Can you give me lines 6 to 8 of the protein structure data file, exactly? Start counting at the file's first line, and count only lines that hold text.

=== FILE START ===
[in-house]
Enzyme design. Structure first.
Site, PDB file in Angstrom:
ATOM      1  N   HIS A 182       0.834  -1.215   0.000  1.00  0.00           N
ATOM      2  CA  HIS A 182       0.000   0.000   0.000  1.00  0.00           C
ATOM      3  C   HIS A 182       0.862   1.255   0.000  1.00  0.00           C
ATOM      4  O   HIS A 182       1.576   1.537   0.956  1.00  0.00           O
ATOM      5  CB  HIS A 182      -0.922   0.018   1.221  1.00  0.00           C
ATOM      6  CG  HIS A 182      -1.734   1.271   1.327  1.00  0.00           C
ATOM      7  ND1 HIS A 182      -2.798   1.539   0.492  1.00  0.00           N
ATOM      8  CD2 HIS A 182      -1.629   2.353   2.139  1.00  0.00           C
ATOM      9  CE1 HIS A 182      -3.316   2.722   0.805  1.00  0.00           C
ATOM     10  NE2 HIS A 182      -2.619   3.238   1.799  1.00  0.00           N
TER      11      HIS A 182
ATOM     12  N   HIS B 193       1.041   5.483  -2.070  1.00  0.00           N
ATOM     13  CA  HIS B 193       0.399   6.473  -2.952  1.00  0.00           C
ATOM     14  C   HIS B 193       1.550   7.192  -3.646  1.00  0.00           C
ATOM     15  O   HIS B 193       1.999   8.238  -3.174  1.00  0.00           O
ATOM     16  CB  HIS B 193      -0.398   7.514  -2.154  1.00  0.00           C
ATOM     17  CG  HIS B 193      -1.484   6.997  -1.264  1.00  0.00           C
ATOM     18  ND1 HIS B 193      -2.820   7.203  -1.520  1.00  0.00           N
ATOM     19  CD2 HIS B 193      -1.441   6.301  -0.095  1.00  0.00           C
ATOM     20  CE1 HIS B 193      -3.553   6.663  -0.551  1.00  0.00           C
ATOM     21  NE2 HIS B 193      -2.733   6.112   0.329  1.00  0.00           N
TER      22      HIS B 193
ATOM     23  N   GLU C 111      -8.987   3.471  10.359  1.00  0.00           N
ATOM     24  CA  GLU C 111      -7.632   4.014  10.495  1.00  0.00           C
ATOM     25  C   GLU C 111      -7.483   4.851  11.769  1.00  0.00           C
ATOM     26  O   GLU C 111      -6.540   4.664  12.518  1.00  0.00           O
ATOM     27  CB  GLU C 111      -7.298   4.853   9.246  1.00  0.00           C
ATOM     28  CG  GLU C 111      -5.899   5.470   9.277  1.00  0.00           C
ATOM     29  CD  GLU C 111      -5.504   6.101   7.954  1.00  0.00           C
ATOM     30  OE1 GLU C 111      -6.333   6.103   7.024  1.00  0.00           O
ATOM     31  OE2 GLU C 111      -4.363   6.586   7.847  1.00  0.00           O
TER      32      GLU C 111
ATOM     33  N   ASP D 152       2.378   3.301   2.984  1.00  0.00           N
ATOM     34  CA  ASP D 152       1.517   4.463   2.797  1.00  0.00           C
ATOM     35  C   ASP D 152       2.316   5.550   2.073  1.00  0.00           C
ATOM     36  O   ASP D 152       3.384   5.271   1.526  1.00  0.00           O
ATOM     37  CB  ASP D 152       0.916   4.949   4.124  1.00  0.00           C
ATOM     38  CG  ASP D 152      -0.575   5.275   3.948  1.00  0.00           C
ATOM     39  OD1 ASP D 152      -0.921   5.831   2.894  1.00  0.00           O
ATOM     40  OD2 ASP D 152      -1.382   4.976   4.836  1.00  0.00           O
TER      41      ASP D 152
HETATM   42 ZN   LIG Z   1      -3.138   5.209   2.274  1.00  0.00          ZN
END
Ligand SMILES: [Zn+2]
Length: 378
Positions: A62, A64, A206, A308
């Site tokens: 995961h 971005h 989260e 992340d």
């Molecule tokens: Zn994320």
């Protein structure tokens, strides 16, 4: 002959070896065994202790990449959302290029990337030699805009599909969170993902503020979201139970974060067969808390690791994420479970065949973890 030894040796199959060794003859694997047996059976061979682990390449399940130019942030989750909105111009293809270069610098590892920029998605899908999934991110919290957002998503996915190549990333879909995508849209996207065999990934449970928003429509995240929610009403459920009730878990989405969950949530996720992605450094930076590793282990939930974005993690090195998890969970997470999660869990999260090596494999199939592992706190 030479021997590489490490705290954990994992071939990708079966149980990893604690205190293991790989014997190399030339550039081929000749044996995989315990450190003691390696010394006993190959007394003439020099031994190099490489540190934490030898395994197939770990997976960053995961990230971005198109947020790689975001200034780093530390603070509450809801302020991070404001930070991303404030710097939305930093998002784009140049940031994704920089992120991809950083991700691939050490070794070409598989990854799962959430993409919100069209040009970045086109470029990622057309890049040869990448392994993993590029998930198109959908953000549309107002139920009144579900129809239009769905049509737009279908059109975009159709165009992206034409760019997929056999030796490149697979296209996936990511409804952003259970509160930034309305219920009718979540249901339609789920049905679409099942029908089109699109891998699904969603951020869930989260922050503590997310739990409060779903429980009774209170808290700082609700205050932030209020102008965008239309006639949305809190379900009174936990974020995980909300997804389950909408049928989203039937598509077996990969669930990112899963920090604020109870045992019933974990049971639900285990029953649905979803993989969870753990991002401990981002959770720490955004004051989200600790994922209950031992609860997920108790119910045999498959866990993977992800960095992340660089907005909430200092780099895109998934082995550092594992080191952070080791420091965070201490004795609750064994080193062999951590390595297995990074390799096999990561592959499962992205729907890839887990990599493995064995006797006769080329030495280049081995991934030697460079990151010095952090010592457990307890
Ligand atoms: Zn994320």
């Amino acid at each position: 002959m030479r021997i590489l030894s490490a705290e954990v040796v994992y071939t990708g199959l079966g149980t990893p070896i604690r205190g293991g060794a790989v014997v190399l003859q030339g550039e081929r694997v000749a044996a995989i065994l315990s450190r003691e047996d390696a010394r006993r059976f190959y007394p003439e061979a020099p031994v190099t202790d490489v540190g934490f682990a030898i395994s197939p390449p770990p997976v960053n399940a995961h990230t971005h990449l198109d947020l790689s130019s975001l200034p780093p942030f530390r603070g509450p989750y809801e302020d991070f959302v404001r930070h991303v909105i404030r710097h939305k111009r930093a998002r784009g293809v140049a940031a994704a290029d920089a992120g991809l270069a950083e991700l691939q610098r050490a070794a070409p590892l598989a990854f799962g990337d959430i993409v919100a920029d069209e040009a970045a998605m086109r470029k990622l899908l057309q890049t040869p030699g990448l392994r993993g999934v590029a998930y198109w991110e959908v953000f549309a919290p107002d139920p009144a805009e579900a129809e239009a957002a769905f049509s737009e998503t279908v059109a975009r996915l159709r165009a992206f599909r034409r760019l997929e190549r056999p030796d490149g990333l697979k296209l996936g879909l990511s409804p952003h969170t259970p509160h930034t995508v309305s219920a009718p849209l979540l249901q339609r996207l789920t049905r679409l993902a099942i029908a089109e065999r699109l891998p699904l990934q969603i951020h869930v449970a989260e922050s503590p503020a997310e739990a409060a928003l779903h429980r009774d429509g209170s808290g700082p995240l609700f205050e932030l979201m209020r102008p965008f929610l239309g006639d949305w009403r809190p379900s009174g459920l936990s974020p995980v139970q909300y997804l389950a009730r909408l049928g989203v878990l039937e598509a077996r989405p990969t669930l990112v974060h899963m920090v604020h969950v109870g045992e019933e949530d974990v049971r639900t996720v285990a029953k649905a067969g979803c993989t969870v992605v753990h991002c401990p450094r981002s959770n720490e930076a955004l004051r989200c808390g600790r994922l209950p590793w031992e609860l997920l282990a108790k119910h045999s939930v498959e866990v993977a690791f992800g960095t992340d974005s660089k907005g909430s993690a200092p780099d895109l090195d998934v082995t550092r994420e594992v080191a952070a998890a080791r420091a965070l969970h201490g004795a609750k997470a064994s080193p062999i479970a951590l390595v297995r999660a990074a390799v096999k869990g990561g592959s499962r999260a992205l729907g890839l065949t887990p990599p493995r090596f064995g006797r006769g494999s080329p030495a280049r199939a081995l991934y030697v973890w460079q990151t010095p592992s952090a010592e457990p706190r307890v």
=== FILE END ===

ATOM      3  C   HIS A 182       0.862   1.255   0.000  1.00  0.00           C
ATOM      4  O   HIS A 182       1.576   1.537   0.956  1.00  0.00           O
ATOM      5  CB  HIS A 182      -0.922   0.018   1.221  1.00  0.00           C